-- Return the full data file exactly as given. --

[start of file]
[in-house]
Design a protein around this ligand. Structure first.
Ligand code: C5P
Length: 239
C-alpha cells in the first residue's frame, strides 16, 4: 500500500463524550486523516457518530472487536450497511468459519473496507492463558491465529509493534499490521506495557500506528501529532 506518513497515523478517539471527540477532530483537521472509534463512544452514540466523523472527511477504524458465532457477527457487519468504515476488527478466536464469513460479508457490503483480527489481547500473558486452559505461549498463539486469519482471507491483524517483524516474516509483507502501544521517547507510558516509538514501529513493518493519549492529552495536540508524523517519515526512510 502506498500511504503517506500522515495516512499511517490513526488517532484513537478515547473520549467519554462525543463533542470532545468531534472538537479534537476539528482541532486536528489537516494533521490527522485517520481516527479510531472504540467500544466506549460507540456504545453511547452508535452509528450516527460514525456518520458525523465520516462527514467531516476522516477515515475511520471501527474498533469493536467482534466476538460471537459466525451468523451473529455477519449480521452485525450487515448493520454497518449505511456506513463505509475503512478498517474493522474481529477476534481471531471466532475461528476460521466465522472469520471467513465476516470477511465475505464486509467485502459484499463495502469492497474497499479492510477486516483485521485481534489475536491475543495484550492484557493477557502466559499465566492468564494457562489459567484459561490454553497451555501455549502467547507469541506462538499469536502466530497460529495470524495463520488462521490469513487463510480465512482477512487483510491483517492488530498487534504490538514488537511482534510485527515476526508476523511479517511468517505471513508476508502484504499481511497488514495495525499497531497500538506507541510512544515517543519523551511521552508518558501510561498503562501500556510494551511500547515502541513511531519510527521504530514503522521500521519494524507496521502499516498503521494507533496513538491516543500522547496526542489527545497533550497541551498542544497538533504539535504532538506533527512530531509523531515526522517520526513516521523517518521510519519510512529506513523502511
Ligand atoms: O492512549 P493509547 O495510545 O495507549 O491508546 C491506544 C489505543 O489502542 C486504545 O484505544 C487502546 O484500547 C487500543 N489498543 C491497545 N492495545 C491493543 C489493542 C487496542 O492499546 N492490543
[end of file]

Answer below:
[in-house]
Design a protein around this ligand. Structure first.
Ligand code: C5P
Length: 239
C-alpha cells in the first residue's frame, strides 16, 4: 500500500463524550486523516457518530472487536450497511468459519473496507492463558491465529509493534499490521506495557500506528501529532 506518513497515523478517539471527540477532530483537521472509534463512544452514540466523523472527511477504524458465532457477527457487519468504515476488527478466536464469513460479508457490503483480527489481547500473558486452559505461549498463539486469519482471507491483524517483524516474516509483507502501544521517547507510558516509538514501529513493518493519549492529552495536540508524523517519515526512510 502506498500511504503517506500522515495516512499511517490513526488517532484513537478515547473520549467519554462525543463533542470532545468531534472538537479534537476539528482541532486536528489537516494533521490527522485517520481516527479510531472504540467500544466506549460507540456504545453511547452508535452509528450516527460514525456518520458525523465520516462527514467531516476522516477515515475511520471501527474498533469493536467482534466476538460471537459466525451468523451473529455477519449480521452485525450487515448493520454497518449505511456506513463505509475503512478498517474493522474481529477476534481471531471466532475461528476460521466465522472469520471467513465476516470477511465475505464486509467485502459484499463495502469492497474497499479492510477486516483485521485481534489475536491475543495484550492484557493477557502466559499465566492468564494457562489459567484459561490454553497451555501455549502467547507469541506462538499469536502466530497460529495470524495463520488462521490469513487463510480465512482477512487483510491483517492488530498487534504490538514488537511482534510485527515476526508476523511479517511468517505471513508476508502484504499481511497488514495495525499497531497500538506507541510512544515517543519523551511521552508518558501510561498503562501500556510494551511500547515502541513511531519510527521504530514503522521500521519494524507496521502499516498503521494507533496513538491516543500522547496526542489527545497533550497541551498542544497538533504539535504532538506533527512530531509523531515526522517520526513516521523517518521510519519510512529506513523502511
Ligand atoms: O492512549 P493509547 O495510545 O495507549 O491508546 C491506544 C489505543 O489502542 C486504545 O484505544 C487502546 O484500547 C487500543 N489498543 C491497545 N492495545 C491493543 C489493542 C487496542 O492499546 N492490543